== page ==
Carrying this one step further, non-fighters are treated as their equivalent fighter level for determination of how many attacks per round they receive versus lower level creatures but also for high level fighters versus them! After all, what is good for the goose is good for the gander…. So if Merlin did not want to waste any spells, he could smack 9 squires per round with his quarterstaff but Syr Launcelot (Pal 20) could reprimand Merlin at 2 attacks per round (ratio of 9:20).
So this is all very good for humanoid versus humanoid combat, but what happens when it is combat versus bears or owlbears? Alligators or dragons? What Gygax calls “fantastic combat”? I think that this is where the attacks/round of high level fighters should come into play. D&D is an abstraction and it is very difficult to adjudicate how much of an owlbear’s combat ability comes from skill versus natural talent. Theoretically, an RPG could work out that difference but no edition of D&D has done that (aside from 3e allowing humanoids to take some class levels) and I have no desire to do that as well.
So if fantasic combat relies on the multiple attacks/round rule rather than the opponent ratio, then why does Conan get only 1 attack per round versus his doppleganger instead of 2 attacks per round (AD&D fighters levels 13+)? I rule then that the minimum number of attacks per round is always what the fantastic combat rules allow for. So Conan always has a minimum of 2 attacks/round regardless of how high level his opponent is or whether it is humanoid or not.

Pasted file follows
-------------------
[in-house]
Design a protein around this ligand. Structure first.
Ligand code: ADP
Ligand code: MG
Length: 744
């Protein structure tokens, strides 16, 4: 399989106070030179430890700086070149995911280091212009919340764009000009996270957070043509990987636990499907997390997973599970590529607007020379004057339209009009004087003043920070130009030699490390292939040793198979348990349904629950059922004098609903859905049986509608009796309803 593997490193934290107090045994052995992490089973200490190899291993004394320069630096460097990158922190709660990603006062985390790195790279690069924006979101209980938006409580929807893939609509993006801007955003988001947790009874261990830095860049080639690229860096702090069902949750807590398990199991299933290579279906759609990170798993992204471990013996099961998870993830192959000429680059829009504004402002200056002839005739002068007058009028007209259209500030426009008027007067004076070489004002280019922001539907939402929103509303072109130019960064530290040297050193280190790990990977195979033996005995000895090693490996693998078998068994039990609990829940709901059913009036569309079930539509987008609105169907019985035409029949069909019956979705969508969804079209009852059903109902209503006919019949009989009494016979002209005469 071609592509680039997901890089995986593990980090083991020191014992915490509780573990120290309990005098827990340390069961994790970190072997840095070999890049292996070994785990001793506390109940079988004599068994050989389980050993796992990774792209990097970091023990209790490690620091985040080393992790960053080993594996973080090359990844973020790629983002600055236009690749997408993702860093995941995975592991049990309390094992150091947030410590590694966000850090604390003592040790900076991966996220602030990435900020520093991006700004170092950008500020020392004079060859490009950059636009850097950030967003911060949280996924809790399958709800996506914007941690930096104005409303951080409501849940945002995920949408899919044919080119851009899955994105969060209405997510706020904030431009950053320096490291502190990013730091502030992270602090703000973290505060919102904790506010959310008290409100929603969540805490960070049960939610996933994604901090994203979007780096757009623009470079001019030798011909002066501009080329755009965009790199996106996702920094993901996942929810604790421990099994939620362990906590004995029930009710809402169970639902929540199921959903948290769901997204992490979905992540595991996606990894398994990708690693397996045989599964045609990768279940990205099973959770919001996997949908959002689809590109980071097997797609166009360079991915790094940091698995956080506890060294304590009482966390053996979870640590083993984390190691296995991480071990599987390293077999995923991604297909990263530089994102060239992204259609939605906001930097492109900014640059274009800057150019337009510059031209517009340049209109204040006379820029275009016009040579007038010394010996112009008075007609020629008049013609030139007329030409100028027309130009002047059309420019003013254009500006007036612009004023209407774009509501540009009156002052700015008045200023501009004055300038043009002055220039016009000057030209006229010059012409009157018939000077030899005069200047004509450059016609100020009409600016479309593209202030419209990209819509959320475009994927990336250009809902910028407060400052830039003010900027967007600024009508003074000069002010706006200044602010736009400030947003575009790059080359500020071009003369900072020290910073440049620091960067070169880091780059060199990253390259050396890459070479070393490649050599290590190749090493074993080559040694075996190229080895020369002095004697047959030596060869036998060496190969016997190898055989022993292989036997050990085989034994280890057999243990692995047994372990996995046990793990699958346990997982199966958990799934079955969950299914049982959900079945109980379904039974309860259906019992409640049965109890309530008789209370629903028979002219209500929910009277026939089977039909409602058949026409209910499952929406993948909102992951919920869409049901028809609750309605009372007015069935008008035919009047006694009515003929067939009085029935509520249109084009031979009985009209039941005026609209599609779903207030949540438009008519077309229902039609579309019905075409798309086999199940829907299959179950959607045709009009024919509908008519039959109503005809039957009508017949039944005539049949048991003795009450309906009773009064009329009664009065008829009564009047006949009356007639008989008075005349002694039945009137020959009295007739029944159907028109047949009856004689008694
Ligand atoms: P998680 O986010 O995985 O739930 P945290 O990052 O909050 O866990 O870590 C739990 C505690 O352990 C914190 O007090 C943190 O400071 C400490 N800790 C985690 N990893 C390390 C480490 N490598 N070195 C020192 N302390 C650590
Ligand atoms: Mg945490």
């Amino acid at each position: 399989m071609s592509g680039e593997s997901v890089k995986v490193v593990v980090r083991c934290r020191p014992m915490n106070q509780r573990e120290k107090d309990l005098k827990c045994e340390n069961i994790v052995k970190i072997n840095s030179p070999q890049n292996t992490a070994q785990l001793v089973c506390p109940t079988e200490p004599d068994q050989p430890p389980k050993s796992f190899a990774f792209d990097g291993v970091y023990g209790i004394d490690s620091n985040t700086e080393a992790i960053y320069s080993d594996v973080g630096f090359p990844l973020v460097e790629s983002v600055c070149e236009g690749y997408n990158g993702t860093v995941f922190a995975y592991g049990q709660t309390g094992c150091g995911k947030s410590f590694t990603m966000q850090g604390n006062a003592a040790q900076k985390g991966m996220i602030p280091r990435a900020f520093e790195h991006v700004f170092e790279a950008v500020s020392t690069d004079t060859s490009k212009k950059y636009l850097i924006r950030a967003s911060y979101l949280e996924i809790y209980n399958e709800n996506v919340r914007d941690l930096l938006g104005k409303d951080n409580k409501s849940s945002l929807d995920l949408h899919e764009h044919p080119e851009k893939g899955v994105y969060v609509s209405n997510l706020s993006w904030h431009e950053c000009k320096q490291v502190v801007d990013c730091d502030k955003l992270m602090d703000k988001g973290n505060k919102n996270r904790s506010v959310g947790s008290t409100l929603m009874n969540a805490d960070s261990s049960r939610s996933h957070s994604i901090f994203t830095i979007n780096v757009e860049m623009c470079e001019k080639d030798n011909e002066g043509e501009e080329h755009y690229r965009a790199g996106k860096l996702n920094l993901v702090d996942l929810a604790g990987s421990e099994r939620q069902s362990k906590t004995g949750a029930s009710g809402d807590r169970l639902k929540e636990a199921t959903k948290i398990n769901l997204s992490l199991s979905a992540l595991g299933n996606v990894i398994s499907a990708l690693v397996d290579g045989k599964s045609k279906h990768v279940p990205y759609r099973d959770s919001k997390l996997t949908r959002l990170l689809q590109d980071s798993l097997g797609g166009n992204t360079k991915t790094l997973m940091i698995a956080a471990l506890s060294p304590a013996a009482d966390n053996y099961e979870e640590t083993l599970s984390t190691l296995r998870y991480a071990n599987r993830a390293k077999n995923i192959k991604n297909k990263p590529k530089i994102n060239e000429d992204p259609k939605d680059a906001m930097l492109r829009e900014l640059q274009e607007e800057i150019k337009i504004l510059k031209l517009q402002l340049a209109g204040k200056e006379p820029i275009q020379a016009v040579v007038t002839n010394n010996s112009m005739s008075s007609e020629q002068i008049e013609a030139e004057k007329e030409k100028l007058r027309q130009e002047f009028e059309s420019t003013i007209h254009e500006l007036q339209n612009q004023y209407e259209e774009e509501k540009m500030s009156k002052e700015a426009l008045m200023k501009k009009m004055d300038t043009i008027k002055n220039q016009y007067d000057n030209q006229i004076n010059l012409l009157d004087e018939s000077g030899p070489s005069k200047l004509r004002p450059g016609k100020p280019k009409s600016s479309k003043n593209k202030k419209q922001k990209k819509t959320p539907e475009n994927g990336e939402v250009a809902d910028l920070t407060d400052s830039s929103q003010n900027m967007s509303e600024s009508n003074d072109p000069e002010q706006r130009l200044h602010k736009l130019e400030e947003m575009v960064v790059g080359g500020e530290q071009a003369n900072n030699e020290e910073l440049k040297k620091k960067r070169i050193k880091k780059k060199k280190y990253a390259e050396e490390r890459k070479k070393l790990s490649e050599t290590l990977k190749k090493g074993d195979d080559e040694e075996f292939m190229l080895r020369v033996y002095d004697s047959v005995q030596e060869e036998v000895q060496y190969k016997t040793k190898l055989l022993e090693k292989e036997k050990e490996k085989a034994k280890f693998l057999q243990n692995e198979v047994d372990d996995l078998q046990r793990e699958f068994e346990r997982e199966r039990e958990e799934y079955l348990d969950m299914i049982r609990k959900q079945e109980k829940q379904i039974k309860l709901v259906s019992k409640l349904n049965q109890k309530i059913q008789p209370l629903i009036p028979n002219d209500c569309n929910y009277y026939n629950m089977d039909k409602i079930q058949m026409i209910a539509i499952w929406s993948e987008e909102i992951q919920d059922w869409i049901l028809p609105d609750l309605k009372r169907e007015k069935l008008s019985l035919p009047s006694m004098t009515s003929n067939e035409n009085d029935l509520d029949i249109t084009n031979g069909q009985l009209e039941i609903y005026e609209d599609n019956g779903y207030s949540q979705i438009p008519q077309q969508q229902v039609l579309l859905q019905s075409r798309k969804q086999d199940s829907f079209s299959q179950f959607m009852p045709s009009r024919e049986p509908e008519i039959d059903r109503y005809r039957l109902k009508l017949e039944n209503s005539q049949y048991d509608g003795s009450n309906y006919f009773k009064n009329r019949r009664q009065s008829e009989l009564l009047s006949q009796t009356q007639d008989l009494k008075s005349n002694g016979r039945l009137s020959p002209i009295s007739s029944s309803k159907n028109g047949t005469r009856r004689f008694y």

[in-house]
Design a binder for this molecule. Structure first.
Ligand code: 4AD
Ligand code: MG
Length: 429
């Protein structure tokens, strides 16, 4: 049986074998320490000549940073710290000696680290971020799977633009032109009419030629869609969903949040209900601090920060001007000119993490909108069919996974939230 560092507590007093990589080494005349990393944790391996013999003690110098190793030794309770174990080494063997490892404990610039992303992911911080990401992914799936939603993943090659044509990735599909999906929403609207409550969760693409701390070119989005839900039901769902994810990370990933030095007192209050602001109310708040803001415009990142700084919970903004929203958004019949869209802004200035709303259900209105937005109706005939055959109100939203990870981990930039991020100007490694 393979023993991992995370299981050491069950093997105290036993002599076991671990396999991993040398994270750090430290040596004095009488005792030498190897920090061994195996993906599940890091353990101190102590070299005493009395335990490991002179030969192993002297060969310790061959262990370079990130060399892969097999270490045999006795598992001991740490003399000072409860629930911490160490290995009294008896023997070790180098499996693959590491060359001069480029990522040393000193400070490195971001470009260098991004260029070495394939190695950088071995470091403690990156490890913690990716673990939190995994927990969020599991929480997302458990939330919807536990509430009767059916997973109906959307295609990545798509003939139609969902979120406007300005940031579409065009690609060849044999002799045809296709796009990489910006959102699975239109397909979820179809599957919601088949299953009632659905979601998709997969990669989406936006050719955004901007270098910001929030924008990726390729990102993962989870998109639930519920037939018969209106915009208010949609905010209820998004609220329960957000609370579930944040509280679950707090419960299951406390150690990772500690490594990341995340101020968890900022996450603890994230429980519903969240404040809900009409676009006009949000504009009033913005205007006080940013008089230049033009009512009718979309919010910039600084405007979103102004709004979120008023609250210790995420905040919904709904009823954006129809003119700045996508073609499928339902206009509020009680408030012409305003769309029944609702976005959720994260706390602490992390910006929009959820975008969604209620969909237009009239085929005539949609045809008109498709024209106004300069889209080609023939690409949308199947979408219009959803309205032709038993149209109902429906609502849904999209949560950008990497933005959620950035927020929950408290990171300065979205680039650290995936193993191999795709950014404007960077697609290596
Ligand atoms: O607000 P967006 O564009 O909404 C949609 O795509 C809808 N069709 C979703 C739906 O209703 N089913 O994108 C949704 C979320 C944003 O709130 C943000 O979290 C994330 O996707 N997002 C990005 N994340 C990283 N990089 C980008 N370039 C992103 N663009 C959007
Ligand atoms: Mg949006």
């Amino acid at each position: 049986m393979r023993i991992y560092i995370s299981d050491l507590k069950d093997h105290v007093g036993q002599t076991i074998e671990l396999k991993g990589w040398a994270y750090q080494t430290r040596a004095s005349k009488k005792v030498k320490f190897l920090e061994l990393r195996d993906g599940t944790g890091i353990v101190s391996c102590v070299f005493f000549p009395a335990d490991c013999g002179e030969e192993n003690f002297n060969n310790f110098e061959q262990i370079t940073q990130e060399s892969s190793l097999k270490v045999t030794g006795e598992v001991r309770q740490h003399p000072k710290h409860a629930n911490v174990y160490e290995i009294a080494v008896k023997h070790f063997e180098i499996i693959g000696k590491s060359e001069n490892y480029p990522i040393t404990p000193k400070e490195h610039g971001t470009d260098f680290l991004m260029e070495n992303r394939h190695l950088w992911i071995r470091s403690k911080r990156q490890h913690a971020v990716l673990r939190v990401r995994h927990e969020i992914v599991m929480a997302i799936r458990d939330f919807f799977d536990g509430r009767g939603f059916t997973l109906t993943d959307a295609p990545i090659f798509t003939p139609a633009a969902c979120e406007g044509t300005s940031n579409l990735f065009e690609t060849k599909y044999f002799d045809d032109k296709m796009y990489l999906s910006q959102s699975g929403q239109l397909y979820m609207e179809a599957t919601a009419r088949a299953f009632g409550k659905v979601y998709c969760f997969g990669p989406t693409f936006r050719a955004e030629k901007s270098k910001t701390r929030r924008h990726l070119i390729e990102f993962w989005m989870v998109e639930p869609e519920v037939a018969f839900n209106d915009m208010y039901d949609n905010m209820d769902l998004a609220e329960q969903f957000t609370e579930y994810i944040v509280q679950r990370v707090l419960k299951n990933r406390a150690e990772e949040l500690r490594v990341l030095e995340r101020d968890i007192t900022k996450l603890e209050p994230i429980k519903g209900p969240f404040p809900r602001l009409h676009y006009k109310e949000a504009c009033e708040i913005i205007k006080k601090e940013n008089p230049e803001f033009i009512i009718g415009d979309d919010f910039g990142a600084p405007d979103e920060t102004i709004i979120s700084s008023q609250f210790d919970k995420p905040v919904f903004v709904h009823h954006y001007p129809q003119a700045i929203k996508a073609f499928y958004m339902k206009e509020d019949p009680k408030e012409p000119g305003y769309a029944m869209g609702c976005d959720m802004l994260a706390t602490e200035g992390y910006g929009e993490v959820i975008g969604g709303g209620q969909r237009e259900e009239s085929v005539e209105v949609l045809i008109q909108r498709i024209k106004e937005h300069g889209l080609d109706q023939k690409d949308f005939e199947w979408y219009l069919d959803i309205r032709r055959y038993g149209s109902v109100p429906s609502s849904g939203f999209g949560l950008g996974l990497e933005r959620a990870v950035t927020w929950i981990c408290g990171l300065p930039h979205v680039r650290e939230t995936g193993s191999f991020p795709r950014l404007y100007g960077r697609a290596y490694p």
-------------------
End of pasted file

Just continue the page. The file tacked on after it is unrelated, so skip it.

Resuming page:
Below is my expansion of Gygax’s rule that can be applied to all versions of D&D:
Conan Rule: “Fighters” get multiple attacks vs. lower level opponents
Abstract: Fighters get 1 attack per level per round divided by their opponent’s fighter level with a minium equal to their standard number of attacks/round. For eample, a 4th level gets 4 attacks per round versus a 1st level fighter (4:1), 2 attacks per round versus a 2nd level fighter (4:2 = 2:1), and 1 attack per round versus 3rd level fighters and higher (4:3).
This house rule is an expansion of one that appeared in the D&D FAQ published in The Strategic Review number 2, obstensibly written by E. Gary Gygax in 1975 prior to the release of the Grayhawk expansion.
In this rule, “fighters” include the fighter class as well as the equivalent fighter level of other character classes and humanoids (creatures of roughly human size, shape, & movement). Equivalent fighter level is determined by examining the base attack capabilities of the character class (To Hit, THAC0, or BAB). For monsters, use their Hit Dice or BAB if using 3rd edition rules. For example, in AD&D clerics of 1st & 2nd level have the same THAC0 as 1st level fighters, as do magic-users of 1st–4th level and thieves of 1st & 2nd level. Therefore they are all treated as 1st level fighters for determination of attacks/round.